As the right wing’s antifeminist front, the sisters of the Independent Women’s Forum have been such a hit in this country that they’re now getting taxpayer money to take their act on the road. In September the State Department announced the IWF would receive part of a new $10 million grant program to “train Iraqi women in the skills and practices of democratic public life.”
At first glance, the IWF might seem a surprising choice for such a task. Founded in the early 1990s with funds from conservative foundations–Scaife, Bradley, Carthage and the rest–the IWF, by its own definition, leads the US opposition to the US women’s liberation movement. The group’s members, now peppered throughout the Bush Administration and the media, include Lynne Cheney and Labor Secretary Elaine Chao.
The IWF could teach plenty about how to mount slanderous media attacks that skew the debate on affirmative action, equality in education and equal pay, and they know a thing or two about rolling back government regulations and challenging pro-equality legislation in court. But women’s groups that work in Iraq say that’s not exactly what Iraqi women need now.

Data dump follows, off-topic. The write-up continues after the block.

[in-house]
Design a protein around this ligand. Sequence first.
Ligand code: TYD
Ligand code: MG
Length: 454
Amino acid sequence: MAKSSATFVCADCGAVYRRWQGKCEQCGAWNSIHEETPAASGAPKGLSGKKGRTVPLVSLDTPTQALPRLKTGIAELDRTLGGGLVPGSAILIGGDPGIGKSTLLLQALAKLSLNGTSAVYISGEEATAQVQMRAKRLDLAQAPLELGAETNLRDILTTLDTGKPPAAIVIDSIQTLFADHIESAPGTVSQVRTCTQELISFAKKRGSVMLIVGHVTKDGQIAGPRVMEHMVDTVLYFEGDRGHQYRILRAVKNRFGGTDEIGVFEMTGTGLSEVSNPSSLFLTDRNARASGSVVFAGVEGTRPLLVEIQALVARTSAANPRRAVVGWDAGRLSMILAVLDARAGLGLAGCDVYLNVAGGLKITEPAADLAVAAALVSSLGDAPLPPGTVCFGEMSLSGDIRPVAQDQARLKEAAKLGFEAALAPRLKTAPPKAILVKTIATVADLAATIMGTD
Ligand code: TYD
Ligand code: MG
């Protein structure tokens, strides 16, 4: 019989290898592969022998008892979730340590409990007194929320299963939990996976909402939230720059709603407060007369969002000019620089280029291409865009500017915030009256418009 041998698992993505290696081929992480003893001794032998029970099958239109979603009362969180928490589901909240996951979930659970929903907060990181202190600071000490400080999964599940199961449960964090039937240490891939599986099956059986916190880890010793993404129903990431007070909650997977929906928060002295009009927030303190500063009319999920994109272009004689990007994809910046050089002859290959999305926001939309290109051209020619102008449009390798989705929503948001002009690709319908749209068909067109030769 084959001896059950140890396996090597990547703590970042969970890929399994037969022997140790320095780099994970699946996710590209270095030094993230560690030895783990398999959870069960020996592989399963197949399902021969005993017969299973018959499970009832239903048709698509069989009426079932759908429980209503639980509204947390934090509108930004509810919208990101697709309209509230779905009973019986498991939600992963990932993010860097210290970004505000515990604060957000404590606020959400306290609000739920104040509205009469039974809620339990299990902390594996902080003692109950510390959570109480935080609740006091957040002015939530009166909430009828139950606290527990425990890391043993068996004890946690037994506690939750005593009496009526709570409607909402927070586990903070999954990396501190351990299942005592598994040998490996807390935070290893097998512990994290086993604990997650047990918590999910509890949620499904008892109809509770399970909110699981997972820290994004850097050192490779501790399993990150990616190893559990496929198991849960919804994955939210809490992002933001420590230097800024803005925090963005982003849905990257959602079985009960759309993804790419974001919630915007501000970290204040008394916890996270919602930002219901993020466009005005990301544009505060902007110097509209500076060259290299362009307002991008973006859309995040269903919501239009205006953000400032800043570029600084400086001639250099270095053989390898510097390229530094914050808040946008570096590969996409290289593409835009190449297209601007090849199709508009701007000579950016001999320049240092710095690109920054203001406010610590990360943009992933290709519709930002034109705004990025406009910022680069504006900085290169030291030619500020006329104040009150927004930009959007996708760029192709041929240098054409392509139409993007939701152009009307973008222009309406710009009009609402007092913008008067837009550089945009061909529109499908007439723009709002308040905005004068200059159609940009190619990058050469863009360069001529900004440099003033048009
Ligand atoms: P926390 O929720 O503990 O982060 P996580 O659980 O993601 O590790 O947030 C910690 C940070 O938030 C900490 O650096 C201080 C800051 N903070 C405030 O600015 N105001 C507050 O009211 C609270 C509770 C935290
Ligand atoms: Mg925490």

Contaminated water is health problem number one. “Whole communities are suffering from outbreaks of cholera, intestinal infections and kidney stones,” says Yifat Susskind of Madre. Malnutrition is up and jobs are scarce. Women, once 40 percent of public sector workers, became mostly unemployed after occupation layoffs. And then there’s the fear that women will bear the brunt of US plans for large-scale privatization in Iraq, initiated during the administration of former occupation chief Paul Bremer.
“As society’s primary caretakers, Iraqi women will be forced to absorb the burden created by the elimination of public healthcare, education, housing, food subsidies, water services and other programs designed to meet the basic needs of the population,” says Susskind. “The majority of the poor, they stand to lose access to critical social services in a ‘free-market’ Iraq.”
Yet the State Department’s plan, as described by Coordinator for International Women’s Issues April Palmerlee in September 2002, is to “promote freedom, faith and free markets through promoting women’s issues” in Iraq. In other words, push privatization using the rhetoric of women’s rights.
Here’s where the flacks and ideologues of the IWF come in. Although primarily known stateside for its critique of feminism, the IWF has always served an economic agenda: “free market” capitalism, corporate rights and government deregulation. The group opposes the UN Convention on the Elimination of Discrimination Against Women, for example, because they consider its equal-pay requirements “antithetical to free market principles.”